Anyone familiar with the writings of Haruki Murakami knows that he’s a massive music geek with a particular interest in jazz. From the beginning of his career, his books have been filled with musical references. He longed to be a musician way before becoming a writer but lacked the necessary chops. Instead, he ran his own jazz bar, immersing himself in music 24/7, and even after becoming a writer, he continued that immersion—music is a constant part of his environment when he’s working. His official website offers a tantalizing photo of his vinyl collection, which he estimates at more than 10,000 records, and he even published a pair of books containing his own essays on his favorite jazz artists.An enterprising soul named Masamaro Fujiki has taken it upon himself to tally up the tunes in Murakami’s collection into a massive Spotify playlist. In its current state, the playlist contains only a small portion of the music on the author’s shelves—but even that ends up in excess of 3,000 tracks. According to Fujiki, he based his playlist on a Q&A website Murakami put up a couple of years back and on his music essays. Unsurprisingly, the bulk of the albums represented are jazz: Murakami’s tastes cycle between bop (Thelonious Monk, Sonny Rollins, Lester Young), cool (Stan Getz, Bud Shank), and vocalists (Beverly Kenney, copious amounts of Billie Holiday), which are interspersed with classical offerings (Prokofiev, Mozart, Tchaikovsky) and occasionally punctuated by a handful of rock records (The Beach Boys, CCR).If we take this to be an accurate sampling of Murakami’s collection, he definitely isn’t much of a modernist. He is, however, clearly capable of going deep when it comes to his chosen niches, as exemplified by the presence of obscure artists like Swedish sax man Lars Gullin and contemporary jazz vocalist Stacey Kent among all the icons. Fujiki has declared his intent to add more music to the list when he can, but in the meantime, what he’s already created is an impressive achievement—one that allows you to tune in to the celebrated author’s wavelength for a while and muse on the way his listening habits inform his singular literary style.Click here to follow this playlist on Spotify.
The African nation of Ethiopia has a unique history. It was never colonized by a European power, and through much of the 20th century the country was ruled by Haile Selassie, a member of Ethiopia’s Solomonic dynasty and the spiritual hero of the Rastafari movement. After 44 years as emperor, Selassie was overthrown in 1974, and the coming years saw a surge of repression and bloodshed by the communist military junta that took over. But in the waning years of Selassie’s reign, Ethiopia become famous for producing a generation of singers and artists who reinvigorated and reinvented local popular music.As has been documented over the past decades by international labels like Buda Musique—known for its famous Éthiopiques compilation series—great artists like Mahmoud Ahmed, Mulatu Astatke, Tlahoun Gessesse, and Bzunesh Beqele came to prominence in the ‘60s and ‘70s by playing in the capital of Addis Ababa with Emperor Selassie’s Imperial Bodyguard Band and the Police Orchestra, both state-controlled outfits. The music—called adadis zefanotch, or “new songs” in Amharic—was decidedly modern, influenced in part by American funk and jazz, but also drew heavily on local rhythms, modal systems, and the folk repertoire while featuring lyrics sung in Amharic and Oromigna.One fine example is Mulatu Astatke’s 1972 album, Mulatu of Ethiopia. Recorded in New York City in between Astatke’s studies at the Berklee College of Music in Boston, the album finds the jazz composer forging an Ethio-jazz sound by melding Latin jazz and psychedelic soul while using pentatonic melodies and 3/4 rhythms. The album is being reissued this month in a deluxe LP package via Strut Records, so to celebrate, we’ve put together a playlist that looks at his music and the music of other Ethiopian greats from that period—a body of work that still sounds revolutionary today.Click here to follow this playlist on Spotify.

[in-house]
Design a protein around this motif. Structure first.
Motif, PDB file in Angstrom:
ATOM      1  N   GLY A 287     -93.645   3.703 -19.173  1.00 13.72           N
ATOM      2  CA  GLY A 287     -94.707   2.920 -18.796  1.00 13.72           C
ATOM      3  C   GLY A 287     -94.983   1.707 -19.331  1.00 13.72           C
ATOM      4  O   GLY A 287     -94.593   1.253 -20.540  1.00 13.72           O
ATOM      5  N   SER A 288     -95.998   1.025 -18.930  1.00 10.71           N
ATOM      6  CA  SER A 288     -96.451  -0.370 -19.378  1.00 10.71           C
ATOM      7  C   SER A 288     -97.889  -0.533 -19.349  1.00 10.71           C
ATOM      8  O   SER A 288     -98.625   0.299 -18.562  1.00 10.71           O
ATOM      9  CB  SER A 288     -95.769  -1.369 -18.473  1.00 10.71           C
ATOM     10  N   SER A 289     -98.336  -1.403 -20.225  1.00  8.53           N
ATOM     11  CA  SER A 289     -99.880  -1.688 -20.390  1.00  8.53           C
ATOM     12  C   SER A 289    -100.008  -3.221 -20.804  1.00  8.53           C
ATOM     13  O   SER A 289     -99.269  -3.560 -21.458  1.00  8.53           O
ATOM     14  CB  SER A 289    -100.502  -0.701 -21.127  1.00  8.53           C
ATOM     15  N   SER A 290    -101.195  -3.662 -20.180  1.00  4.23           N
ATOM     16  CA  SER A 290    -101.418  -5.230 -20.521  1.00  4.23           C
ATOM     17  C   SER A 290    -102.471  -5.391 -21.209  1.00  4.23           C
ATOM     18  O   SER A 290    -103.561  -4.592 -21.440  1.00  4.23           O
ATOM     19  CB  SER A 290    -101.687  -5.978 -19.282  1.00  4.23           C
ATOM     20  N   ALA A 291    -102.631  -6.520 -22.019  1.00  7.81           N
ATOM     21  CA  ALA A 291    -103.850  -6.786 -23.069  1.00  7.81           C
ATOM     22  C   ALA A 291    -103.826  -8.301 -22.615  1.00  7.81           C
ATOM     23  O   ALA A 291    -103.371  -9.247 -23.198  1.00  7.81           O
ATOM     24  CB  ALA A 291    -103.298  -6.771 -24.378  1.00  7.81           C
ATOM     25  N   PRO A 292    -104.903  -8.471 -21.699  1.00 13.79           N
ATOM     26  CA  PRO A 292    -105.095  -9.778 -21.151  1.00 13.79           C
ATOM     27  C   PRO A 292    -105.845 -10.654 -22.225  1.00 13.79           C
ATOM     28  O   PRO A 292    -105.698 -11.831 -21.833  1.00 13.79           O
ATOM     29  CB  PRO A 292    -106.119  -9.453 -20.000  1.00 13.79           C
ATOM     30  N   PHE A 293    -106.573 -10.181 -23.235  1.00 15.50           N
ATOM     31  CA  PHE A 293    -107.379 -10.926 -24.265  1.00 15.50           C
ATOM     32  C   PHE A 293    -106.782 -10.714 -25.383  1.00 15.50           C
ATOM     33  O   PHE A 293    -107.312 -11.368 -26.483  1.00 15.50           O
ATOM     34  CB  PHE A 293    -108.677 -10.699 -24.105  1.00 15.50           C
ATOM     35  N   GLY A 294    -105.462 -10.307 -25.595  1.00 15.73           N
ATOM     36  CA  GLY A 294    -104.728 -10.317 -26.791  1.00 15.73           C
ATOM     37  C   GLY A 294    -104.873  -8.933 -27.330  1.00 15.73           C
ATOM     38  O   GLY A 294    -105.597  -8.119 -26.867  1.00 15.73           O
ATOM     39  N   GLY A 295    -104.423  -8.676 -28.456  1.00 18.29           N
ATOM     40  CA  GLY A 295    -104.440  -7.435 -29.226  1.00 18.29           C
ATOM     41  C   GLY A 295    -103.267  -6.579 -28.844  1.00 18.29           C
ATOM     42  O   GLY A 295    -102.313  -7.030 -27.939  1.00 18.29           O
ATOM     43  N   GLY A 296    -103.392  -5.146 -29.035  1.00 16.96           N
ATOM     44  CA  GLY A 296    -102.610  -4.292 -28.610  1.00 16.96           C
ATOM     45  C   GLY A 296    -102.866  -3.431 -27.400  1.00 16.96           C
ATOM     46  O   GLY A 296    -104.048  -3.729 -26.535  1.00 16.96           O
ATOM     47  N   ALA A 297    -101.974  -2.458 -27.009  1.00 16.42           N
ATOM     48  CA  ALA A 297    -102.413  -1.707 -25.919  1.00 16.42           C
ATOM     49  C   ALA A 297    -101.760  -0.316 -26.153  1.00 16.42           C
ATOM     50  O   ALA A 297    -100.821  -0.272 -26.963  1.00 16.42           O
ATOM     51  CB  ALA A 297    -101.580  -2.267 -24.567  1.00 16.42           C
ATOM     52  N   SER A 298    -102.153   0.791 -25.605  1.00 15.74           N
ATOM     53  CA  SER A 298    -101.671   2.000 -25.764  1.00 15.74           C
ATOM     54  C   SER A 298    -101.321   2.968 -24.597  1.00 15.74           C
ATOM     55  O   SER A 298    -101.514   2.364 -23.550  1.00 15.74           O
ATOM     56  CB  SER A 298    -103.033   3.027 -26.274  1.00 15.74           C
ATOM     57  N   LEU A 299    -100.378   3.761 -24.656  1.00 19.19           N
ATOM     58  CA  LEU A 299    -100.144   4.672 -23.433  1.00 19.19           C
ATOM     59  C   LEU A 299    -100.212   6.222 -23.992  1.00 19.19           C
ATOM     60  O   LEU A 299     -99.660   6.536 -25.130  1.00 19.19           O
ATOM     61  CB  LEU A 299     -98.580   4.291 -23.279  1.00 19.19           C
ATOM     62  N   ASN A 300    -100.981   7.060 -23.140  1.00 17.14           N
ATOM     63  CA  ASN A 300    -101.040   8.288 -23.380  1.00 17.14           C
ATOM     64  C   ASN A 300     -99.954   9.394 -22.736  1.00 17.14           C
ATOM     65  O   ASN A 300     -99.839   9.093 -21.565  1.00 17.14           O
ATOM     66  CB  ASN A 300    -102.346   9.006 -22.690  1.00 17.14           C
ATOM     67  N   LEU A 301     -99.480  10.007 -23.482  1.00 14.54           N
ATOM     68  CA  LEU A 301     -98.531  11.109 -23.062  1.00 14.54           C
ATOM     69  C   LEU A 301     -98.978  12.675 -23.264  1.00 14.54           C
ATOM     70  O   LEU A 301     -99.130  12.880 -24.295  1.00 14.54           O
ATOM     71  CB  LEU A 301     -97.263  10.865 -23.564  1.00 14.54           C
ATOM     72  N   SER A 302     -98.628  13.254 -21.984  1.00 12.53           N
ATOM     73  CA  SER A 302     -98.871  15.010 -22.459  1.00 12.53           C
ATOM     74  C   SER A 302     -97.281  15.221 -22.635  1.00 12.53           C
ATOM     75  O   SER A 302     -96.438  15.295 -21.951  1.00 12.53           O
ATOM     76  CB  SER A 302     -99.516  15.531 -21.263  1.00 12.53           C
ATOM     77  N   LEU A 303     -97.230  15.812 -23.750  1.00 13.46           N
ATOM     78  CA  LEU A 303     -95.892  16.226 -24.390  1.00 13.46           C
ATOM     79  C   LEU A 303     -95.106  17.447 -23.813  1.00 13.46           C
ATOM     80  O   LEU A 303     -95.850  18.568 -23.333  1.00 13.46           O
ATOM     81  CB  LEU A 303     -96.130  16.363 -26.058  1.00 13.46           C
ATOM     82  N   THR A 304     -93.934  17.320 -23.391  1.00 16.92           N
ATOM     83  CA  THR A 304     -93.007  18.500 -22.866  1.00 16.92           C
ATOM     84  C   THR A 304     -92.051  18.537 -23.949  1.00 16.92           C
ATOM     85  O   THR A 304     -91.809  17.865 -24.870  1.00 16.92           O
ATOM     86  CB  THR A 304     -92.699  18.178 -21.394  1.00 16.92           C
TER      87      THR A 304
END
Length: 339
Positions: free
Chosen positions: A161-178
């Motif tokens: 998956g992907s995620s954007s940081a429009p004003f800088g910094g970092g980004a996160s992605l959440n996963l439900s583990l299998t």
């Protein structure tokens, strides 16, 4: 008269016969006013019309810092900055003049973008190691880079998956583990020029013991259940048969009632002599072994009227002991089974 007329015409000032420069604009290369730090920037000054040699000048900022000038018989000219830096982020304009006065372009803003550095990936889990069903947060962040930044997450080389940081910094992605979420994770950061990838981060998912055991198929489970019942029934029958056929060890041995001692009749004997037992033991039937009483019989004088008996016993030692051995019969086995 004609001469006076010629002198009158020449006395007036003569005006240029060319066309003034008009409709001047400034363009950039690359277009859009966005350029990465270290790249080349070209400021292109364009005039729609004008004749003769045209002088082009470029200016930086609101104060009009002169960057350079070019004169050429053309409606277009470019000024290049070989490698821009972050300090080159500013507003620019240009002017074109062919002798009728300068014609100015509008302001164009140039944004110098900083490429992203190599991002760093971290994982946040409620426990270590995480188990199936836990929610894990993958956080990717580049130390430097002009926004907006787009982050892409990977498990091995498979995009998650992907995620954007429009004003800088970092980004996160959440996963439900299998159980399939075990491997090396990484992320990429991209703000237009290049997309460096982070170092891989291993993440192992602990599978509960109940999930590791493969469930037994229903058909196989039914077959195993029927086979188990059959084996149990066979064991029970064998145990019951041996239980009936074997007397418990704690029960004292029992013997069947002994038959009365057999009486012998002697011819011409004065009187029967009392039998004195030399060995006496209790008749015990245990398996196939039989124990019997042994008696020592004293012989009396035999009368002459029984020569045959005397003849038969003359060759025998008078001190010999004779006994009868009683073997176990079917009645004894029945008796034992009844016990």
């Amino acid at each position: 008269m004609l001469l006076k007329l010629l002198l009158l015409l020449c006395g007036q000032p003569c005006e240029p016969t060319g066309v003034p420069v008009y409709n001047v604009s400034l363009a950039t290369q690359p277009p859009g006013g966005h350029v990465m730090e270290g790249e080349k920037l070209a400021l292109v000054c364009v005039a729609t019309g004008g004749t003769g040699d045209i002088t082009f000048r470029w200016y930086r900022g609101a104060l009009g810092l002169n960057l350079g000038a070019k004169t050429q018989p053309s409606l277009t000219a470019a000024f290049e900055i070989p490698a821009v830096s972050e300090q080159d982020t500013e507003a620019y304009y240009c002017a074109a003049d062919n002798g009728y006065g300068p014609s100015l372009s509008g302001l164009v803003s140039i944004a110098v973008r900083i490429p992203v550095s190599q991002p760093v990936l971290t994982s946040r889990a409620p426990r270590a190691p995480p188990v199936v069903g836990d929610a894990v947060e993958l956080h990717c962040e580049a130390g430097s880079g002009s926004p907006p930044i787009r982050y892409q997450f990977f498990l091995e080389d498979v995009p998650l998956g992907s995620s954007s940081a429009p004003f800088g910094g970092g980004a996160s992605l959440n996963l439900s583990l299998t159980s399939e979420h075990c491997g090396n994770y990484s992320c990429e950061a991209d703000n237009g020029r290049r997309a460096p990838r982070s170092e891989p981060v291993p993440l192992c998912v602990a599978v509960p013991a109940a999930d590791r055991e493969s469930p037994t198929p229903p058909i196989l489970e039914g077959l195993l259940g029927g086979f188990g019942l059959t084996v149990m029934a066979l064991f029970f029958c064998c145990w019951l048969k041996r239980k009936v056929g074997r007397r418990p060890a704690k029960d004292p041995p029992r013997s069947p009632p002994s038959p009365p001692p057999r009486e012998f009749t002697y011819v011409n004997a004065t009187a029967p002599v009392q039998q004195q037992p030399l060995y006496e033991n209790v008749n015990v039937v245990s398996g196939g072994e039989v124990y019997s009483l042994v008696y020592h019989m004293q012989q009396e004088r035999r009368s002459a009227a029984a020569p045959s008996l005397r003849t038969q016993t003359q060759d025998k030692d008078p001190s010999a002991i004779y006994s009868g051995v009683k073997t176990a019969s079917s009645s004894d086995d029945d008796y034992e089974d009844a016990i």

Whenever it seems impossible to sum up the state of jazz, that’s usually good news. It means that the genre remains one of America’s (and the world’s) most inventive traditions. Here are 20 tracks, available on streaming services, that have left a strong impression over the first half of 2017.A partial rundown: Trumpeter Christian Scott experimented with trap-music influences (“The Reckoning”). Suave Blue Note singer José James veered into contemporary R&B territory with his album Love In A Time of Madness—but also made room for one vintage-sounding come-hither number (“To Be With You”). Bob Dylan’s pipes aren’t anywhere as flexible as James’, but his triple-disc set of standards, Triplicate, offered surprisingly warm takes on jazz standards like “Stardust.” And a crew of jazz veterans including drummer Jack DeJohnette and guitarist John Scofield turned in a sizzling instrumental interpretation of Dylan’s “A Hard Rain’s A-Gonna Fall.”Jazz was mixing (and scrambling) everyone’s preferred musical categories long before “blurring the boundaries” became a cliché. So we’ve included sometime classical-pianist Cory Smythe’s partly improvised “Blockchain.” (Smythe also plays on a vivid new avant-garde set from saxophonist Ingrid Laubrock.) Cellist Tomeka Reid appears in the string trio Hear In Now, as well as in bands led by Jaimie Branch and Nicole Mitchell. Elsewhere, we’ve got swinging fire from the likes of Miguel Zenón (playing his own composition “Academia”), while Wynton Marsalis and the Lincoln Center Jazz Orchestra dig into the music of Modern Jazz Quartet co-founder John Lewis. Improvisers are off to a potent start in 2017—thanks to pop-song inspiration, big-band tradition, fusion energy, and an overall taste for experimentation.